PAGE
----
SINGAPORE - By the first quarter of 2023, all newly admitted inmates at Changi Prison will undergo an assessment to establish the needs of their families, and those who require support will be referred to family service centres (FSC) for help.
A trial conducted by the Singapore Prison Service (SPS) from 2018 to 2020 found that families of inmates need more support during the first and last six months of the incarceration. At the start, dynamics may be unstable for reasons such as loss of income or caregiving help. Towards the end, families would need to prepare for the inmates' return and provide support for their reintegration.
Assistant commissioner and director of rehabilitation and reintegration division of the SPS, Ms Caroline Lim, said inmates are often worried about their families when they first enter prison, which would in turn distract them from focusing on what they need to do.
"The collaboration is important, because if inmates are worried about how their family is doing on the outside, that distracts them from their own rehabilitation process," she said. "Through the trial, we found that once the family is stabilised, they can be a very strong source of support for inmates as they go through their stay in prison."
The SPS and FSCs have an ongoing collaboration to provide the families of inmates, especially those with young children, with support systems.
Ms Lim added that efforts to assist and involve the families of inmates in their rehabilitation is also to mitigate the risk of inter-generational offending. In 2017, a study by the SPS found that one in every five inmates who is a parent will have a child who will commit a criminal offence themselves.
Fei Yue Family Service Centre social worker Amelia Lim said that with this collaboration, help can be given to families in areas such as housing, finances and counselling.
"We serve as a service linkage for the families to financial and housing boards," said Ms Amelia Lim. "We refer them to agencies such as social service office for financial assistance, and appeal on their behalf to the Housing Board. We also provide counselling support, which gives them an avenue to share their thoughts and concerns, and be attuned to their emotions."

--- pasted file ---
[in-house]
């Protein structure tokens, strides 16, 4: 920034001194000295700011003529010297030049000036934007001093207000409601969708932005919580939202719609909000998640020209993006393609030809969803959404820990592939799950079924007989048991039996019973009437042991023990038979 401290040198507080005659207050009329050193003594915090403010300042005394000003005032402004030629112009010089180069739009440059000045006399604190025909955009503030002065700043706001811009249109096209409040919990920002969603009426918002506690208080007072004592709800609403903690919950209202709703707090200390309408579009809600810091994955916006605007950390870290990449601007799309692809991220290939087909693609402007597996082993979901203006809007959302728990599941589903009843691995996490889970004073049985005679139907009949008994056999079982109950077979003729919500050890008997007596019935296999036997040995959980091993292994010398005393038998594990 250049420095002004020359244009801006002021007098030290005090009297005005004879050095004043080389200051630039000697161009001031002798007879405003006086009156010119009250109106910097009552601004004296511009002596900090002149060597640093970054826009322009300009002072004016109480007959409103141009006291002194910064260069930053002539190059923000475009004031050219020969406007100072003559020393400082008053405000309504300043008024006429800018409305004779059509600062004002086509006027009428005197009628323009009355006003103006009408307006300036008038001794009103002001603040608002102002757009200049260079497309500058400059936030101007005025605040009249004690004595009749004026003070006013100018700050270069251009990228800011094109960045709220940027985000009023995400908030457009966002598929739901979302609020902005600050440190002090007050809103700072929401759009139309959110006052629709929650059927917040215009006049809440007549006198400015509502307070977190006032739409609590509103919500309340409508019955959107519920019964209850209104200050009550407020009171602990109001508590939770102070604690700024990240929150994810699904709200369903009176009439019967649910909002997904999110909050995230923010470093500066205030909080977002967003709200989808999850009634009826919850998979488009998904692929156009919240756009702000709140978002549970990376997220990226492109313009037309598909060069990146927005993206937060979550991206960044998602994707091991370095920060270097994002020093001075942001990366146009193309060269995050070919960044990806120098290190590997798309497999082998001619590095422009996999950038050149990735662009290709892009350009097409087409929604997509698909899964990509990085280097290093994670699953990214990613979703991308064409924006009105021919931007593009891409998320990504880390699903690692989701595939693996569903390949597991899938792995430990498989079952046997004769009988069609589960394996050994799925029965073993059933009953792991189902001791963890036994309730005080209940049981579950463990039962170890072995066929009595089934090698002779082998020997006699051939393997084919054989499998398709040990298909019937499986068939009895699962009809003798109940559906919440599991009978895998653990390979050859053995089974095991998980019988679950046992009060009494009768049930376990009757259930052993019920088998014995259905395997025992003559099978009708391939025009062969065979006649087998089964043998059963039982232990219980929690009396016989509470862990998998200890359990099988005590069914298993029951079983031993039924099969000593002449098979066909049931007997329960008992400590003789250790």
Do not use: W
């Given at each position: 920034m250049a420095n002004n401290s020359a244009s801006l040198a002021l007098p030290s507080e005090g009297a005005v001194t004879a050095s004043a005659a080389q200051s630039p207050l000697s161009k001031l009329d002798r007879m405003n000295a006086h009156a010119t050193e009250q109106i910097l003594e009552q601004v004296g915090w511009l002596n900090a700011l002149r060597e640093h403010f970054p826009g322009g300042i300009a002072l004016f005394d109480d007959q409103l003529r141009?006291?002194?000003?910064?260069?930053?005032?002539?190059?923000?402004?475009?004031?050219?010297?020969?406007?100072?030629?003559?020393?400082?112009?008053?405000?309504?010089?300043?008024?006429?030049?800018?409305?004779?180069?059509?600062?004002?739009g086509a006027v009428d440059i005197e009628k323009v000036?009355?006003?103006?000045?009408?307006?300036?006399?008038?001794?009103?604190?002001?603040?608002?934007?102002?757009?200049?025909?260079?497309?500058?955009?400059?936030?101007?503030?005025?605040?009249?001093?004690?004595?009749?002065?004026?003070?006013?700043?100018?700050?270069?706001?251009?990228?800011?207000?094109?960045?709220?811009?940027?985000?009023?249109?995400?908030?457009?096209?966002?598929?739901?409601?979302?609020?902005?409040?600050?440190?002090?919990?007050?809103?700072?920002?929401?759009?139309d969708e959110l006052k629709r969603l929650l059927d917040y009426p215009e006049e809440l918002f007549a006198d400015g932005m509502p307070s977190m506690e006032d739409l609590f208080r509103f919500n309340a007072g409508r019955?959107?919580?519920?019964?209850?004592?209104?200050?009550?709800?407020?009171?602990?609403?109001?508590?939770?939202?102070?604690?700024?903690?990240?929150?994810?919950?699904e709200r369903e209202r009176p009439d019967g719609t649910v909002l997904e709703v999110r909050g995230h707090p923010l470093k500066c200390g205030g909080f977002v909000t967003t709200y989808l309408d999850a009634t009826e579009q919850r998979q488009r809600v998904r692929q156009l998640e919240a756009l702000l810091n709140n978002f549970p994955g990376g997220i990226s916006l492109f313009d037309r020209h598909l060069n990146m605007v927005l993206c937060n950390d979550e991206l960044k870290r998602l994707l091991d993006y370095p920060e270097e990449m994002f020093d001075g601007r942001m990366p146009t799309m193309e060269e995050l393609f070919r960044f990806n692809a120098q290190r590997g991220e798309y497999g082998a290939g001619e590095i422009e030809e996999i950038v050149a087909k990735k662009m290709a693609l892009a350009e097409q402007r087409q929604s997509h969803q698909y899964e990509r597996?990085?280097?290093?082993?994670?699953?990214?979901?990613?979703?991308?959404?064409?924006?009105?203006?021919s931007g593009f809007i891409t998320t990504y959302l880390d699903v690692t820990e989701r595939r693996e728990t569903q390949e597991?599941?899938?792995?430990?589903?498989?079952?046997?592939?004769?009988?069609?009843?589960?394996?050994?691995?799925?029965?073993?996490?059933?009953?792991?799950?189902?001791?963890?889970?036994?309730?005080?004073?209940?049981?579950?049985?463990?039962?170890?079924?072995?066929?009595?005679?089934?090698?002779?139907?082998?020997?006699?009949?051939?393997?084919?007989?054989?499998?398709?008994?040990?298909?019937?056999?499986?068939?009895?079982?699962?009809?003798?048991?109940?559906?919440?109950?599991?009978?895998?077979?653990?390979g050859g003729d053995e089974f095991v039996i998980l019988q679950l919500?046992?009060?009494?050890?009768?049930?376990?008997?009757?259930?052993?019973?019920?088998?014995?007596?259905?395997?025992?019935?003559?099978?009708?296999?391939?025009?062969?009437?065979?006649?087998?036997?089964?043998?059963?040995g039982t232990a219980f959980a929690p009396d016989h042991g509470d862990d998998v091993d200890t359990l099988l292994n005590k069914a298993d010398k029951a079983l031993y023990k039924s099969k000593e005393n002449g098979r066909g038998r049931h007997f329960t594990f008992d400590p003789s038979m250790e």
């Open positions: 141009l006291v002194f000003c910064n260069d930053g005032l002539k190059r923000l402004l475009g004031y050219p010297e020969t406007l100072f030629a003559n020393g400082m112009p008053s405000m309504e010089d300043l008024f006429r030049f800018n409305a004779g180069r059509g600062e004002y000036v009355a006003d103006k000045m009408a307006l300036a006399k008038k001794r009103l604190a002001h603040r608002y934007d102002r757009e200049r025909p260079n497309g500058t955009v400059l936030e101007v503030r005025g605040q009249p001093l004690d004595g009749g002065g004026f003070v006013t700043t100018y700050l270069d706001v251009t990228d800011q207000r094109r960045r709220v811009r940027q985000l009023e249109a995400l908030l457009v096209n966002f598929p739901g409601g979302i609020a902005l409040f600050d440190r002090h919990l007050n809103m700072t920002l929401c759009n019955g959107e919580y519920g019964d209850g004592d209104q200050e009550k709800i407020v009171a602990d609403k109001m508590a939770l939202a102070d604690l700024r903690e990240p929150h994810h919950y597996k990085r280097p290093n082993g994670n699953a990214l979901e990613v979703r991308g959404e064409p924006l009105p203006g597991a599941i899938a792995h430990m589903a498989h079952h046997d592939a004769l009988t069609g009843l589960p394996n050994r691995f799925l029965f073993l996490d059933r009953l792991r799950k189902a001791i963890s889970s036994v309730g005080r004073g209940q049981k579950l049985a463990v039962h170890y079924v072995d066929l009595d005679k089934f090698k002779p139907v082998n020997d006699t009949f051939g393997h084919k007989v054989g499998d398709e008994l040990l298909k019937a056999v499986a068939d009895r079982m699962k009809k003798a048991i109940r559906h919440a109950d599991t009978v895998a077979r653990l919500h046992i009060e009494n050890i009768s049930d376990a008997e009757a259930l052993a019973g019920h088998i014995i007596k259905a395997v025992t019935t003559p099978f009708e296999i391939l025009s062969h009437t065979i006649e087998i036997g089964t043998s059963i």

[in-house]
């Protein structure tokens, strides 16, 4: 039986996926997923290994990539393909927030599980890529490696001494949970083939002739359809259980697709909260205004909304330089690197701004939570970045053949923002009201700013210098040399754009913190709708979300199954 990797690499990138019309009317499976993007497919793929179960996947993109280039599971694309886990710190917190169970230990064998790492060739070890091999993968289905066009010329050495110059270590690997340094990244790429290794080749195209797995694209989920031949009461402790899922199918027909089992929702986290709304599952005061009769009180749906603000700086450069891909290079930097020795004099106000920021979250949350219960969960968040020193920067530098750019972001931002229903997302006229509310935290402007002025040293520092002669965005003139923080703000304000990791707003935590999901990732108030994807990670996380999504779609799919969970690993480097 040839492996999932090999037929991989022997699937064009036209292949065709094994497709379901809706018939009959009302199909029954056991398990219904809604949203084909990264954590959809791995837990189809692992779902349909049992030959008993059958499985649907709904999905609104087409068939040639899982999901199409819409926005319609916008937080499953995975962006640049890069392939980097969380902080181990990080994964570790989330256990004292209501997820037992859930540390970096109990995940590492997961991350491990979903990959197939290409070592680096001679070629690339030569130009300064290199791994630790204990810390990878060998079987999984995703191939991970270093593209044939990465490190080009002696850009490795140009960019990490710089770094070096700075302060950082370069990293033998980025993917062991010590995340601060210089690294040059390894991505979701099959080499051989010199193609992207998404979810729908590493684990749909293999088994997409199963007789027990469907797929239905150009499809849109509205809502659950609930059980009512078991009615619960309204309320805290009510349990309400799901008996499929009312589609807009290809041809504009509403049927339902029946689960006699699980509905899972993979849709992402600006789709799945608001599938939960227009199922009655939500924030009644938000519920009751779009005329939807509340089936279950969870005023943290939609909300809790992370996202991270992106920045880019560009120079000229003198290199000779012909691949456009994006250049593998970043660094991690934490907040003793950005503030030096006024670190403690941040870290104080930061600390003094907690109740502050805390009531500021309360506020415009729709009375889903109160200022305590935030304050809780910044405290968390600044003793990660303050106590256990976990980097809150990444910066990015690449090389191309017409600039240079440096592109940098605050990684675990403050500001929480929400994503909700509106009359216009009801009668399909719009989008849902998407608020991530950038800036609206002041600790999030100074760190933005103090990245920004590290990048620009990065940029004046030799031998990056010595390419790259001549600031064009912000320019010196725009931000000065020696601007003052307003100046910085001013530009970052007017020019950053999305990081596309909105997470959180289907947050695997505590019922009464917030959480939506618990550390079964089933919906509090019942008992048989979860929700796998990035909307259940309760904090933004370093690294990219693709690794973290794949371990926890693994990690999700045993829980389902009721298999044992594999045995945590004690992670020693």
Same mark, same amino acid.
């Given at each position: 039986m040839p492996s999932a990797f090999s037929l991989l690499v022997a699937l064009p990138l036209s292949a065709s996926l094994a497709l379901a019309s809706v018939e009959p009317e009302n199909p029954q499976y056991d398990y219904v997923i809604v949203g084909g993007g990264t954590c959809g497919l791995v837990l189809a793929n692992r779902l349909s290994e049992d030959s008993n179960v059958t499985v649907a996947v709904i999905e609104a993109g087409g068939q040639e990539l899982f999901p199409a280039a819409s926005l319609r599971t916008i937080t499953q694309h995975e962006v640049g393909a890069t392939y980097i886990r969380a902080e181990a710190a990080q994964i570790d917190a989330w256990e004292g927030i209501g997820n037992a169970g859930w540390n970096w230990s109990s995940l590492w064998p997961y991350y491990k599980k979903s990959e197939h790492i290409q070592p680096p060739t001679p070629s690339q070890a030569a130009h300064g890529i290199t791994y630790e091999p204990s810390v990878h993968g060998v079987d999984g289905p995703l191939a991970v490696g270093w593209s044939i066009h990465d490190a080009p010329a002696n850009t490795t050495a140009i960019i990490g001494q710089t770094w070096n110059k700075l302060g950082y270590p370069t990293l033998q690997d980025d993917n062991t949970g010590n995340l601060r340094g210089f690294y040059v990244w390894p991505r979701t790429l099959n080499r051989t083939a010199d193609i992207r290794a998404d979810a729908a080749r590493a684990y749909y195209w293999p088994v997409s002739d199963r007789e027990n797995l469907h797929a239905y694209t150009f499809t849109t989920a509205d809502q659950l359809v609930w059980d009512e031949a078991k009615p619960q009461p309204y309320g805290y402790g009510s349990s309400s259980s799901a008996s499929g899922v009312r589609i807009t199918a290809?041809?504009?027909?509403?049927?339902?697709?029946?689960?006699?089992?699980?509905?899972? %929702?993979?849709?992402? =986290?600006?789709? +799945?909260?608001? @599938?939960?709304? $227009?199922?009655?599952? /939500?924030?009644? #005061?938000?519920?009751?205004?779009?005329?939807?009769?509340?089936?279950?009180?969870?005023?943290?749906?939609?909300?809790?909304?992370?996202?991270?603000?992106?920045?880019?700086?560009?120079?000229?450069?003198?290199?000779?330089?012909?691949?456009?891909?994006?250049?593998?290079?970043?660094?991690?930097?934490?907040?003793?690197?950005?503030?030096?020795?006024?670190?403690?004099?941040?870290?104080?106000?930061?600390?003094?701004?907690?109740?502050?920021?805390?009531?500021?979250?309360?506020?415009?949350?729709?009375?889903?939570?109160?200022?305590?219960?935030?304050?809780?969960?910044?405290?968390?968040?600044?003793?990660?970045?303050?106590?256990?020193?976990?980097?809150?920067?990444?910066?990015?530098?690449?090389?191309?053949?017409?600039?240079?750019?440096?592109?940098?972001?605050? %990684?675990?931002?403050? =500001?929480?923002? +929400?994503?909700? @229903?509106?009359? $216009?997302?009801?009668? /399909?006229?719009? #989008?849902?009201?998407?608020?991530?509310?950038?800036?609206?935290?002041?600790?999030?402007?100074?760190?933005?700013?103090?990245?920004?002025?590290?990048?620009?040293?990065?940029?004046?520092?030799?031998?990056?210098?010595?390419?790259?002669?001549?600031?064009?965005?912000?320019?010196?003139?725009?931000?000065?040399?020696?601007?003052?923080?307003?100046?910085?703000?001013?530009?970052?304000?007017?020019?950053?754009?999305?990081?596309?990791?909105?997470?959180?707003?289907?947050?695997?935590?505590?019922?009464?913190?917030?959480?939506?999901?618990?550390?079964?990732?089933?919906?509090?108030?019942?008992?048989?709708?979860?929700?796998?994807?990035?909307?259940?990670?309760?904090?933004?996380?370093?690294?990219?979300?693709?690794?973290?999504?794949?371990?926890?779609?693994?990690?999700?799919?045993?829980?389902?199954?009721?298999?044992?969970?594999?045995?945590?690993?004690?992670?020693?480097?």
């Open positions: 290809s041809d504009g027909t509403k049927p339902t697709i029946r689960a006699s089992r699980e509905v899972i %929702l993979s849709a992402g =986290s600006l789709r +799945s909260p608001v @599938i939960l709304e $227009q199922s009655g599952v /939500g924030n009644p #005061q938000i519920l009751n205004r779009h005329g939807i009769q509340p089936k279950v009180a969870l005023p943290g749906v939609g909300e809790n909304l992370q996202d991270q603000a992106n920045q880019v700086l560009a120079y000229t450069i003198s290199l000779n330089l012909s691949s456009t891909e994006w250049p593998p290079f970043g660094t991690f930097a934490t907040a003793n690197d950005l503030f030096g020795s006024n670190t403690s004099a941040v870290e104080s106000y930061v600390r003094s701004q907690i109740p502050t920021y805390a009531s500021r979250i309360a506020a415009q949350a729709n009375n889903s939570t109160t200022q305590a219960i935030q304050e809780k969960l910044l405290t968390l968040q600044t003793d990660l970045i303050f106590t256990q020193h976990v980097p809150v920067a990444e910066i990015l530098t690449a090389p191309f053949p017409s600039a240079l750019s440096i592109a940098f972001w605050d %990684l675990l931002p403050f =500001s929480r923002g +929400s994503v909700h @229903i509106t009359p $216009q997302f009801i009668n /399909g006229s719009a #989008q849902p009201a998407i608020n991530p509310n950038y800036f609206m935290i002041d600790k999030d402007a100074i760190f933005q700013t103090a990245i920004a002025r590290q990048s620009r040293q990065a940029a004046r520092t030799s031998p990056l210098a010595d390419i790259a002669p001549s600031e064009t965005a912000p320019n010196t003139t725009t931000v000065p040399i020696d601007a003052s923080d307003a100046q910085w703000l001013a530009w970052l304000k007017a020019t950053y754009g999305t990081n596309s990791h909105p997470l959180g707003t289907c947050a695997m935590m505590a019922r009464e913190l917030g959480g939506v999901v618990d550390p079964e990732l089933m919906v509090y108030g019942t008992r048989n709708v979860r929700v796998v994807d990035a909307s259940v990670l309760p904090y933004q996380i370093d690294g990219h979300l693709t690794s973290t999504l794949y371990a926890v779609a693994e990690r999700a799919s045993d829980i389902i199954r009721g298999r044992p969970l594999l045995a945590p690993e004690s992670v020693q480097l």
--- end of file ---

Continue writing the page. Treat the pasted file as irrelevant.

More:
The pilot programme was launched in October 2020 for all newly admitted local female inmates, and was expanded to newly admitted local male inmates in the Drug Rehabilitation Centres and Remand Centre in May and October 2021 respectively. Since its start, more than 800 inmates have been assessed, and more than 400 families have been helped.
Speaking to reporters at a media event held at Fei Yue Family Service Centre on Friday (Aug 26), Minister of State for Home Affairs Muhammad Faishal Ibrahim said that engaging inmates early upon their entry to prison is necessary to lighten their families' feeling of loss, and allow them to continue with their lives.
"I meet the inmates quite often, and one of the key things they are happy about is that we have improved our efforts to keep them in touch with their families. Knowing that someone out there is looking after the family while they are in prison, that gives them a peace of mind," he added.
Correction note: An earlier version of the story said that one in every five children of drug offenders had committed a criminal offence themselves. This is inaccurate. One in every five inmates who is a parent will have a child who will commit a criminal offence themselves.